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Brain | Neurodegenerative diseases
The group of Marc Dhenain (MIRCen) has developed an MRI microscopy technique that can track in vivo the fate of amyloid plaques. This technique was used to characterize an immunotherapy targeting specific forms of amyloid (called protofibrillar). The article, published in collaboration with Sanofi, demonstrates an effective partnership between the CEA and industrial partners.
Alzheimer's disease is characterized by microscopic lesions called "amyloid plaques". They appear up to 20 years before the clinical signs of the disease. Anti-amyloid immunotherapies are therapies that aim to mobilize the immune system to fight against these lesions. How to determine the effectiveness of these new treatments?
The group of Marc Dhenain (Multimodal Imaging of Neurodegenerative Diseases and Therapies, MIRCen) has developed an MRI microscopy technique that can track in vivo the fate of amyloid plaques. This technique was used to characterize an immunotherapy targeting specific forms of amyloid (called protofibrillar). The results of this study were published in March 2016 in the journal Frontiers in Aging Neuroscience. This is the first article presenting an MRI method allowing to follow the fate of individual amyloid plaques over time. It demonstrated that amyloid plaques are extremely stable lesions that never disappear spontaneously. MRI scans revealed that the tested therapy prevents the formation of amyloid plaques and helped to better characterize the mechanisms of action of this therapy. The article, published in collaboration with Sanofi, demonstrates an effective partnership between the CEA and industrial partners. It follows previous studies where the group of Marc Dhenain characterized the lack of toxicity of this therapy and where Thierry Delzescaux, another researcher of the team, revealed the beneficial effects of this immunotherapy with innovative 3D histology markers (published in April 2016 in Scientific Reports). Since the end of the study, the tested immunotherapy has been passed in clinical study in humans. The developed MRI method continues to be improved in order to be tested in animals and humans.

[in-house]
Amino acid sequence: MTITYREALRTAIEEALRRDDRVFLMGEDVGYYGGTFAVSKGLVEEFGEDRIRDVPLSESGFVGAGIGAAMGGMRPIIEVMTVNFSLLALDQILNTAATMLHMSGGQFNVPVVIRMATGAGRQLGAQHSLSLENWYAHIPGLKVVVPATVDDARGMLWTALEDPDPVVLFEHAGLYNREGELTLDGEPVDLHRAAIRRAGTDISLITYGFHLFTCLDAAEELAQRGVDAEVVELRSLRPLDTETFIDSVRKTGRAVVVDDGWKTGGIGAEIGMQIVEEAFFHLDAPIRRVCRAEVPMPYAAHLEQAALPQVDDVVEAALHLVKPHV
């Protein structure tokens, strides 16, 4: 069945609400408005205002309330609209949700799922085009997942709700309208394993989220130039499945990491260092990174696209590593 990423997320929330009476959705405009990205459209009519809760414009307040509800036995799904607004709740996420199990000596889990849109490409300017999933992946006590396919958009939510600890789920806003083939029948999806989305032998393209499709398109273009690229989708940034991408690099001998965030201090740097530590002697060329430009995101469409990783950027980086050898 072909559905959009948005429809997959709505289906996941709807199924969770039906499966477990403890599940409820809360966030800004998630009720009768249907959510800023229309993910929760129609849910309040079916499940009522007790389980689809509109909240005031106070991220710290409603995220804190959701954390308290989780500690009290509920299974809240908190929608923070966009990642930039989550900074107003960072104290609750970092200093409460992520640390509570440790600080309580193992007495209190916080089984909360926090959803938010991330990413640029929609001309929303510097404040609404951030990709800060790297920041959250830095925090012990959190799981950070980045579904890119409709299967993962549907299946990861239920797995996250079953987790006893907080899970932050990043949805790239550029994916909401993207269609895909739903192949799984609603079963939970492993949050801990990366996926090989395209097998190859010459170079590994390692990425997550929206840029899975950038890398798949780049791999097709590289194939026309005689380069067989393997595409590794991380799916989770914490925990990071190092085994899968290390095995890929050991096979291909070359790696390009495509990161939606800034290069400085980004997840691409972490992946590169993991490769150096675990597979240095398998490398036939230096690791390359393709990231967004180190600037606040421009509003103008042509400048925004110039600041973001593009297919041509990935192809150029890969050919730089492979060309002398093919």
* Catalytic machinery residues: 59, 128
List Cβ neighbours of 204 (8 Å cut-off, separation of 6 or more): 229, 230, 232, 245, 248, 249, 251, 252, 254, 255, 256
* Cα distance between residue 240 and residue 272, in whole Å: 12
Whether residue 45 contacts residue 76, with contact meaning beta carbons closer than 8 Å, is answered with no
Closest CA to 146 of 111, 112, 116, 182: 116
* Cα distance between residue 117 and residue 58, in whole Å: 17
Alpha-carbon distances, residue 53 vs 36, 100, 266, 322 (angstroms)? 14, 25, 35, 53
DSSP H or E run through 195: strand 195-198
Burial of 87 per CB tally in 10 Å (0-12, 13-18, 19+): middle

In Vivo Detection of Amyloid Plaques by Gadolinium-Stained MRI Can Be Used to Demonstrate the Efficacy of an Anti-amyloid Immunotherapy.Santin, M. D., M. E. Vandenberghe, A. S. Herard, L. Pradier, C. Cohen, T. Debeir, T. Delzescaux, T. Rooney and M. Dhenain (2016). Front Aging Neurosci 8: 55.
CEA is a French government-funded technological research organisation in four main areas: low-carbon energies, defense and security, information technologies and health technologies. A prominent player in the European Research Area, it is involved in setting up collaborative projects with many partners around the world.